We hope you know this already, but drugs can be dangerous – some more than others.
The Centers for Disease Control and Prevention (CDC) has looked at the drug-related deaths that happened between 2011 and 2016, the most recent year data is available, to rank the 10 deadliest drugs being used in the United States.
This isn’t the first time the CDC has released such a list – they announce the deadliest drugs each year.
But it is the first time in four years that heroin hasn’t topped the list.
Instead, fentanyl has been ranked the deadliest drug in the U.S.
Drug overdoses from fentanyl have risen pretty rapidly in the last decade. In 2011, fentanyl accounted for 4% of drug overdoses, while in 2016 it accounted for 28.8%
Take a look at the rankings of the ten deadliest drugs below.
Fentanyl is a synthetic opiate that’s similar to morphine, but up to 100 times stronger. It’s traditionally used to treat patients experiencing severe pain.
Outside of hospitals it’s sold as a powder, in tablets, or mixed in with heroin. When taken fentanyl binds to the body’s opioid receptors, creating an increase in dopamine levels, which produces a state of intense euphoria.
It can also cause drowsiness, nausea, confusion, constipation, unconsciousness, coma, and death.
The drug’s potency means there’s a high risk of overdose, especially when mixed with other drugs such as cocaine.
Heroin is another opiate, but it’s usually sold as a white or brown powder. It’s made from morphine.
People who take heroin feel happy, relaxed, and sleepy.
It’s very easy to overdose from heroin as it’s so strong, and remains the deadliest drug in the UK.
The drug can slow your breathing, causing the taker to slip into a coma or die. Because it sedates you, it’s difficult to cough which can cause the taker to choke on their own vomit.
There are also risks related to injecting heroin, such as infection, damaging veins, and the spread of viruses.
Cocaine accounted for 17.8% of drug-related deaths in 2016.
People who take cocaine usually feel happy, excited, more awake, chatty, and confidence. They might also feel anxious, panicky, and paranoid, and cocaine can make you feel sick and give you diarrhea.
The drug is risky because is raises your blood pressure, which can lead to a fit or a heart attack. It can also make people take risks they wouldn’t usually.
The official name for crystal meth, methamphetamine is part of the amphetamine family of drugs, meaning it makes you feel ultra alert and exhilarated.
You might also feel paranoid, aggressive, or agitated.
Meth can be swallowed, snorted, smoked, or injected. It has a severe comedown.
The drug increases the heart rate and blood pressure, raising the risk of heart attack, and can also cause strokes, lung damage, kidney damage, coma, and death in the case of an overdose.
There’s evidence that long-term methamphetamine use can cause brain damage. It can also induce psychosis.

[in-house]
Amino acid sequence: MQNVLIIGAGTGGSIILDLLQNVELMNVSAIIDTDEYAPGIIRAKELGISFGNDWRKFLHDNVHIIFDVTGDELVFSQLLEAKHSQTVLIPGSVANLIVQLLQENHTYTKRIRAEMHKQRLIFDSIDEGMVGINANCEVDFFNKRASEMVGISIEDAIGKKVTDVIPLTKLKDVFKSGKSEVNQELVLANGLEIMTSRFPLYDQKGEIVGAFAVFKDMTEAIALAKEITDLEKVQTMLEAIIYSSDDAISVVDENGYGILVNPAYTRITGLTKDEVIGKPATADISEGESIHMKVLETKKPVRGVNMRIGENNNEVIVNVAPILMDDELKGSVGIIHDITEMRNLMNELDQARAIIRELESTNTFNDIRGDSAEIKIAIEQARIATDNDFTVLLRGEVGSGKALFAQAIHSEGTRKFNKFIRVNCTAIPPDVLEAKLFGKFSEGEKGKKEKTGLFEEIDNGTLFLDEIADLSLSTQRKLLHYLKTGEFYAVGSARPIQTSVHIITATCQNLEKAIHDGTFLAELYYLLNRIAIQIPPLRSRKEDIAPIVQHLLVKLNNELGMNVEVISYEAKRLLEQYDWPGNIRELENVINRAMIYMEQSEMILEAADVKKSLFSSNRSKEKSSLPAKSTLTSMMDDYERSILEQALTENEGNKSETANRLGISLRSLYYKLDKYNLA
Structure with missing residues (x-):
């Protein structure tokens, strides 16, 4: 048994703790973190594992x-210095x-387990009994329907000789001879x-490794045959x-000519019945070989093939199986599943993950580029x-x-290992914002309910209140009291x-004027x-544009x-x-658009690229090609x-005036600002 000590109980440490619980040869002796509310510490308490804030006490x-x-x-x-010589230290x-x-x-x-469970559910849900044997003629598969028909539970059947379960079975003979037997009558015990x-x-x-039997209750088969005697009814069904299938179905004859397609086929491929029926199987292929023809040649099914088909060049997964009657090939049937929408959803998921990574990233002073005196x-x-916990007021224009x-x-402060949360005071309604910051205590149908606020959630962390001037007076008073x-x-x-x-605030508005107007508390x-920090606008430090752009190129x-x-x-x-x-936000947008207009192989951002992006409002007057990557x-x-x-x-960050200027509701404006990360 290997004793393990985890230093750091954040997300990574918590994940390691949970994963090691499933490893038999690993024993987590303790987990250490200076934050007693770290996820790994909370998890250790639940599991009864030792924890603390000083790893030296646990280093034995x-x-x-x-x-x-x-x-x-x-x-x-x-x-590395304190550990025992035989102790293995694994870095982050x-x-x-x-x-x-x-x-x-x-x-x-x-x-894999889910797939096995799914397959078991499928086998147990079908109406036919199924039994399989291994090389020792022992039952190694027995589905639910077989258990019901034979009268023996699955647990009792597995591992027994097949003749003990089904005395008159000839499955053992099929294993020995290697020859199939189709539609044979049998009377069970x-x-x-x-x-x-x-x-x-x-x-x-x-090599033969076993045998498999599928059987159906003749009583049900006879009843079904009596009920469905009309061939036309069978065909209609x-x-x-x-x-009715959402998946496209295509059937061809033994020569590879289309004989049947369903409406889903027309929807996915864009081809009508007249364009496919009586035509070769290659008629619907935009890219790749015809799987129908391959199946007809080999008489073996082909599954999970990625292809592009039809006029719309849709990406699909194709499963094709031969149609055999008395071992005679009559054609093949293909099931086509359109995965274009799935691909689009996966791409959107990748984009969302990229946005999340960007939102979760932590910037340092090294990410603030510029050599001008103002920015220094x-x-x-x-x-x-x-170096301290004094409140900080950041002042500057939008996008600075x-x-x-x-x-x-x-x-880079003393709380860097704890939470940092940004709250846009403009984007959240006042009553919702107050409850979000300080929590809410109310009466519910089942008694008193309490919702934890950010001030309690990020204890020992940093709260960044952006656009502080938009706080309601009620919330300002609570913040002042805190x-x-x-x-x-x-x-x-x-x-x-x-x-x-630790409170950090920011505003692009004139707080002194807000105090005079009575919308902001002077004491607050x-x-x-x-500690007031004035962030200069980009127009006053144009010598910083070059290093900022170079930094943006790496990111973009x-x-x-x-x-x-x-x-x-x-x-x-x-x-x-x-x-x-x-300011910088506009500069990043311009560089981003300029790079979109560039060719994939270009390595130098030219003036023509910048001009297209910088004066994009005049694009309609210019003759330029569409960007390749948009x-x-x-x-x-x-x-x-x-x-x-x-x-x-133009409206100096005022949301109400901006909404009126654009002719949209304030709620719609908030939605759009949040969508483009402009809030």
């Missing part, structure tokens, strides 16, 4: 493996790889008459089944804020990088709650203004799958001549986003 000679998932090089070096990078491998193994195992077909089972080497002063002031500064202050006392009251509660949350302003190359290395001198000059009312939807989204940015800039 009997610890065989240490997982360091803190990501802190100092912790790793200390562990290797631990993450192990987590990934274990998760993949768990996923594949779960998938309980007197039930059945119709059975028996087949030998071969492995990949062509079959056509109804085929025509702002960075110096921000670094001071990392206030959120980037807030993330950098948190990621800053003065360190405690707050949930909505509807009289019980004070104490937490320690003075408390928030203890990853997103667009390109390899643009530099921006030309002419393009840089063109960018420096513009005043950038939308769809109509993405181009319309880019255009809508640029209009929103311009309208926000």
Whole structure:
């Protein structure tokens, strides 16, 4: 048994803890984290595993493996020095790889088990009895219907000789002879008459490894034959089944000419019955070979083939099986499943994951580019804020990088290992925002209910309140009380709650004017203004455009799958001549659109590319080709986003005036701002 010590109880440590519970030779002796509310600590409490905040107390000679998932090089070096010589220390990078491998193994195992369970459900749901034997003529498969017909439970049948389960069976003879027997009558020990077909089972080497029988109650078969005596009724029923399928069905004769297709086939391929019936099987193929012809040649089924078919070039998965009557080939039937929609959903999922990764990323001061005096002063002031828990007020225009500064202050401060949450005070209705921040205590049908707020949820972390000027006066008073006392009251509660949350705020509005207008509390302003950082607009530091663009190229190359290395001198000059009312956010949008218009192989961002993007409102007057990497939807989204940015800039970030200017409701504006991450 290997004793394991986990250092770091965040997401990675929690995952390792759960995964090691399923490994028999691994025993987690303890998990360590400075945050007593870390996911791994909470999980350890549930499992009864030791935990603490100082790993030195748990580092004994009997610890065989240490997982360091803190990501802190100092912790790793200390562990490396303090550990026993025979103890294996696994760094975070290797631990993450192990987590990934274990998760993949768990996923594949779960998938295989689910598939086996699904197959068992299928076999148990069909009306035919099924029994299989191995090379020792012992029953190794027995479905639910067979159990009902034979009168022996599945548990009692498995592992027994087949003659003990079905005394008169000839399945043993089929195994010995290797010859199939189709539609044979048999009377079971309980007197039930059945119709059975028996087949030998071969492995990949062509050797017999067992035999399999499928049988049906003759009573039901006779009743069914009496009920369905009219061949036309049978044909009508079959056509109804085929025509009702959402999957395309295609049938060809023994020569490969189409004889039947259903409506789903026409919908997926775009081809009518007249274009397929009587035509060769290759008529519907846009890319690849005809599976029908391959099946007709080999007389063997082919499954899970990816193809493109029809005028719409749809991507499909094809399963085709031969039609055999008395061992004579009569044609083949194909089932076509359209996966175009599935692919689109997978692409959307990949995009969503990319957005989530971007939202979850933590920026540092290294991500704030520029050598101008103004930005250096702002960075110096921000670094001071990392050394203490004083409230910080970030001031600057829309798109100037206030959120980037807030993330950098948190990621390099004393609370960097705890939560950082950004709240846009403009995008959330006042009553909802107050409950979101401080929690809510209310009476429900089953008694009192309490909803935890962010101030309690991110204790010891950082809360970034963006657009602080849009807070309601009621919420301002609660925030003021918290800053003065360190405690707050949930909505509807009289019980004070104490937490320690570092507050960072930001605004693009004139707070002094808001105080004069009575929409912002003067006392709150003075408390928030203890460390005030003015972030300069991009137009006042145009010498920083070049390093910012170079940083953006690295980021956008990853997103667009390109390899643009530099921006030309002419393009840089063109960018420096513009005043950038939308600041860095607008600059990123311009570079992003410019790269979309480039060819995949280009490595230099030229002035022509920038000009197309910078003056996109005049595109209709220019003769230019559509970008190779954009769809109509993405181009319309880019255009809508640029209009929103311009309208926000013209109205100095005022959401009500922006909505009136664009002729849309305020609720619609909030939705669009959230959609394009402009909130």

Alpraqzolam is a type of benzodiazepine that’s often used to treat anxiety and panic disorders in the U.S. It’s a prescription drug that can genuinely help those struggling, but it can also be abused.
Benzodiazepines are essentially tranquilisers, inducing calmness, relaxation, and sleep.
They’re extremely risky when combined with other depressant drugs such as heroin or alcohol, as the nervous system can become so relaxed you lose consciousness and die.
Addiction to benzos is common, and can cause withdrawal symptoms such as tremors, nausea, vomiting, fits, and depression.
Injecting benzos is extremely dangerous and can be fatal, as the process can collapse veins, leading to deadly infection.
Oxycodone is another opiate that’s used to treat severe pain. It was the deadliest drug back in 2011, but now other opiates have overtaken it.
When prescribed by a doctor in small doses for a short period of time, oxycodone can be safe, but it’s increasingly being abused outside of hospital settings.
Methadone, also known as physeptone, mixture, and linctus, is a medication that’s used to treat addiction to opiates such as heroin. It helps to relieve withdrawal symptoms and can block the effects of opiates.
It has the same effects of heroin but on a much lower scale, so will be prescribed to those trying to give up heroin. Over time the dose of methadone is reduced, allowing the person to go clean.
The issue arises when people take methadone without supervision from a doctor. Getting hold of methadone illegally can mean you’re buying drugs that have been tampered with or cut with something else, which could cause serious side effects.
Overdose is also possible, and can lead to death.
Morphine is another opiate used to treat pain. When prescribed by a doctor it can be helpful, but the problem is that it many who are prescribed morphine end up misusing it or developing a dependence on the drug.
When taking morphine outside of a prescription, risks include constipation, itching, nausea, lethargy, dizziness, and suppression of breathing.
Combined with other drugs or taken in too high an amount can cause kidney failure, liver failure, and respiratory arrest.
Best known as Vicodin, hydrocodone is another opiate used to treat pain.
Another type of benzodiazepene, the primary risk of taking diazepam is combining it with other depressive drugs, which can cause coma and death. It’s often known as Valium.
Worried about drugs?